Web Development

Create a custom checkbox in your Android app

When dealing with a checkbox in Android, a custom selector is assigned to the button property. This is important to know before following this Android tutorial.

Like all widgets that come with the Android UI kit, the standard checkbox can be customized -- you can control the colors, behavior, and even the shape. The approach should be familiar if you've done any UI skinning with the platform: add your graphic resources for the checked and unchecked states, create an XML selector, and assign your selector to the checkbox in your layout.

Except last week when I actually needed a custom checkbox in an application I was doing for a client, it didn't seem to work. (Don't you hate when that happens?) Pressed for time, I double and triple checked my state selector and everything seemed copasetic. Some days I just hate computers!

After about an hour of pulling my hair out, I found the error of my ways. I had assumed that, like all the other widgets I've dealt with on the platform, the custom selector was assigned to the background property. In fact, when dealing with a checkbox, a custom selector gets assigned to the button property.

This tutorial is a quick run-through for creating a custom checkbox. You can follow along step by step, or download and import the source code.

1. Open Eclipse and start a new Android project. Target Android 1.6 or higher. Be sure to rename the startup activity to Main.java.

2. Create a folder called /xml in the /res directory.

3. Add three XML-based resources to the /res/xml folder, two that represent the drawing code for the actual checkbox and a third that is the state selector.

checked.xml

<?xml version="1.0" encoding="UTF-8"?>

<shape xmlns:android=http://schemas.android.com/apk/res/android

android:shape="rectangle">

<gradient android:startColor="#ffff0000" android:endColor="#ff000000" android:angle="270"/>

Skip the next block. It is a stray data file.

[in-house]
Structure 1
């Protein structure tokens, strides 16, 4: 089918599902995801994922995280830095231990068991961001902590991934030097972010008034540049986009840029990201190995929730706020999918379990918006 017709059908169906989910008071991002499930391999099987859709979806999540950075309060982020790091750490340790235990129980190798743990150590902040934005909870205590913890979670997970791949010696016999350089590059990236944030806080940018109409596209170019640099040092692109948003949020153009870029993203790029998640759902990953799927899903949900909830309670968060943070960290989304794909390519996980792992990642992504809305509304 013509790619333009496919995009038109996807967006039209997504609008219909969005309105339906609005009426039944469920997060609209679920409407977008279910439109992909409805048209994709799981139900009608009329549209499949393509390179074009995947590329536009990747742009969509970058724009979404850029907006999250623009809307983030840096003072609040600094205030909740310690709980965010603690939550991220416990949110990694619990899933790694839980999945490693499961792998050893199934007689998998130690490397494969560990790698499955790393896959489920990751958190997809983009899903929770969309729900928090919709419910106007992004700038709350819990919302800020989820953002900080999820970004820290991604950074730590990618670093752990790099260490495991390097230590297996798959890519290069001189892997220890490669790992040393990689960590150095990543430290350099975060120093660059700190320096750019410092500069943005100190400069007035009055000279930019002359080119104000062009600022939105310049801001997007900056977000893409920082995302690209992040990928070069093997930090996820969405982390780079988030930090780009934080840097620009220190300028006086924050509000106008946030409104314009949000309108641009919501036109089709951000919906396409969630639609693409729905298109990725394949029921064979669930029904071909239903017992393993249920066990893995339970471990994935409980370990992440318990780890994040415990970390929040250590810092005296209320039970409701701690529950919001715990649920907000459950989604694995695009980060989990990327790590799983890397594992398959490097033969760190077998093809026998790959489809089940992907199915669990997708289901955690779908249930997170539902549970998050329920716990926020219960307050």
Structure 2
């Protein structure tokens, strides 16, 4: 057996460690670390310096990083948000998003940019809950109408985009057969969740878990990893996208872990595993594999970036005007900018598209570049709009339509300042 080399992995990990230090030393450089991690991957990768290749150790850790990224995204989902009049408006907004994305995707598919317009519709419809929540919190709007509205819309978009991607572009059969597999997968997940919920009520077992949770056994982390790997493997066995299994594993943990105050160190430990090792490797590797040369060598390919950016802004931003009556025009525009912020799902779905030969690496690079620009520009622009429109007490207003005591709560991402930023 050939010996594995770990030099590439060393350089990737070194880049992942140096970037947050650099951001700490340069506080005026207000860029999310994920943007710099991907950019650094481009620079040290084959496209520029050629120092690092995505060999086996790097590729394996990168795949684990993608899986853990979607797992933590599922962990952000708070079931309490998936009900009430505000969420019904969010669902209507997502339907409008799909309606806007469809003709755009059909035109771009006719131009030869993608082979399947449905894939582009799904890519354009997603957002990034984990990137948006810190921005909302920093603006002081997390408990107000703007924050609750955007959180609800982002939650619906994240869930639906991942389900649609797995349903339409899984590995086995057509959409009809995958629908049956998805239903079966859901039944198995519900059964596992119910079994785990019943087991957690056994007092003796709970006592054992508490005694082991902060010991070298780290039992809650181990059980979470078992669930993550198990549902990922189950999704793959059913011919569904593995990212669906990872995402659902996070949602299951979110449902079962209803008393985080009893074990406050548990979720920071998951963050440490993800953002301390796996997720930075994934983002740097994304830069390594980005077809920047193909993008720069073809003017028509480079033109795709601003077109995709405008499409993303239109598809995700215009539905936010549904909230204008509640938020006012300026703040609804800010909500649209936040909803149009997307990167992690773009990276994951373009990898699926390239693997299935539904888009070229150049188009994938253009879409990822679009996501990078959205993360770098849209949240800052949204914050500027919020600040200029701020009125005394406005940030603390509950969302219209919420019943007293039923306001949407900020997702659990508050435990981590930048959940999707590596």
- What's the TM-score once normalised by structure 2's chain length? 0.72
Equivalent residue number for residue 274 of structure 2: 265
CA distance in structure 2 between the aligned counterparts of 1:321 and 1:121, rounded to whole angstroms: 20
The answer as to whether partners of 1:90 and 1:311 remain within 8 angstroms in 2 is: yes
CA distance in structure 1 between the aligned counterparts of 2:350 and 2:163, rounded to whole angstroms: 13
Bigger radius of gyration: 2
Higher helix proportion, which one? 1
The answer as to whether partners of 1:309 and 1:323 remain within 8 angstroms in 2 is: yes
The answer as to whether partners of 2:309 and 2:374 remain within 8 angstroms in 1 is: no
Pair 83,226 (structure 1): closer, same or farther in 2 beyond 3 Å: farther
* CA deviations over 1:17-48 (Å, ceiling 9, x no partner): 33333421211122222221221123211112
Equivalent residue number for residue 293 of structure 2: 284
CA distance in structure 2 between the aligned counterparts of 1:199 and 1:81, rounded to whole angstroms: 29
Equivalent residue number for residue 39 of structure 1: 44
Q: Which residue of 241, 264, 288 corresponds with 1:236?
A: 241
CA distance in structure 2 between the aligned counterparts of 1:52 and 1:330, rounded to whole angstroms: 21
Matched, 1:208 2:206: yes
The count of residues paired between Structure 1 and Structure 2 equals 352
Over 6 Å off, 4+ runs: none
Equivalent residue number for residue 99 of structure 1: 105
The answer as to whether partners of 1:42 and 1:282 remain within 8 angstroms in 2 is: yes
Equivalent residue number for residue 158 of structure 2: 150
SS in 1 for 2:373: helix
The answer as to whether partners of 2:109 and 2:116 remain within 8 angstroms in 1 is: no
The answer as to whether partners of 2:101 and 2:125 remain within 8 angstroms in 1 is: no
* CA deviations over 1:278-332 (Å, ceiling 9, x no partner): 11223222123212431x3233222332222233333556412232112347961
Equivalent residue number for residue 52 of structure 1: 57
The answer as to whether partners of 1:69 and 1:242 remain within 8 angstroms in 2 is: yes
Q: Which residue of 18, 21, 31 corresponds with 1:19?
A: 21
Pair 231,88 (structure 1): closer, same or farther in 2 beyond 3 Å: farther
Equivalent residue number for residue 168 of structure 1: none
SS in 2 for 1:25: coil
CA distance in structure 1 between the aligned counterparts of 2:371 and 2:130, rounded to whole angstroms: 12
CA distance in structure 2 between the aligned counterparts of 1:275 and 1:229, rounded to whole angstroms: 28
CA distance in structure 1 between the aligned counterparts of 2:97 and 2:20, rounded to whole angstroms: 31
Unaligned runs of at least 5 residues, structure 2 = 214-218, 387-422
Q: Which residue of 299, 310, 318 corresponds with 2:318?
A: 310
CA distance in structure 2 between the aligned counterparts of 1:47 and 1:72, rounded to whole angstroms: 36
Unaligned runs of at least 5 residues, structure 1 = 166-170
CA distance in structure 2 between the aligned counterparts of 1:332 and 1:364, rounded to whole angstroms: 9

<stroke android:width="4px" android:color="#ffc0c0c0" />

<size android:height="20dp" android:width="20dp"/>

</shape>
Unchecked.xml

<?xml version="1.0" encoding="UTF-8"?>

<shape xmlns:android="http://schemas.android.com/apk/res/android"

android:shape="rectangle">

<gradient android:startColor="#ff585858" android:endColor="#ff000000" android:angle="270"/>

<stroke android:width="4px" android:color="#ffc0c0c0" />

<size android:height="20dp" android:width="20dp"/>

</shape>

custom_checkbox.xml

<?xml version="1.0" encoding="utf-8"?>

<selector xmlns:android="http://schemas.android.com/apk/res/android">

<item android:state_checked="true"

android:drawable="@xml/checked" />

<item android:state_pressed="true"

android:drawable="@xml/checked" />

<item android:drawable="@xml/unchecked" />

</selector>

4. Define this activity's layout in the /res/layout folder. The layout runs a tad long, but it is nothing more than a series of horizontal and vertical layouts that contain a couple of checkboxes and labels to go along with the checkboxes. In main.xml, you don't want to miss the assignment of the custom checkbox selector. This is where common sense and experience will bite you if you're not careful.

main.xml

<?xml version="1.0" encoding="utf-8"?>

<LinearLayout xmlns:android="http://schemas.android.com/apk/res/android"

android:layout_width="fill_parent"

android:layout_height="fill_parent"

android:orientation="vertical" >

<TextView

android:layout_width="fill_parent"

android:layout_height="wrap_content"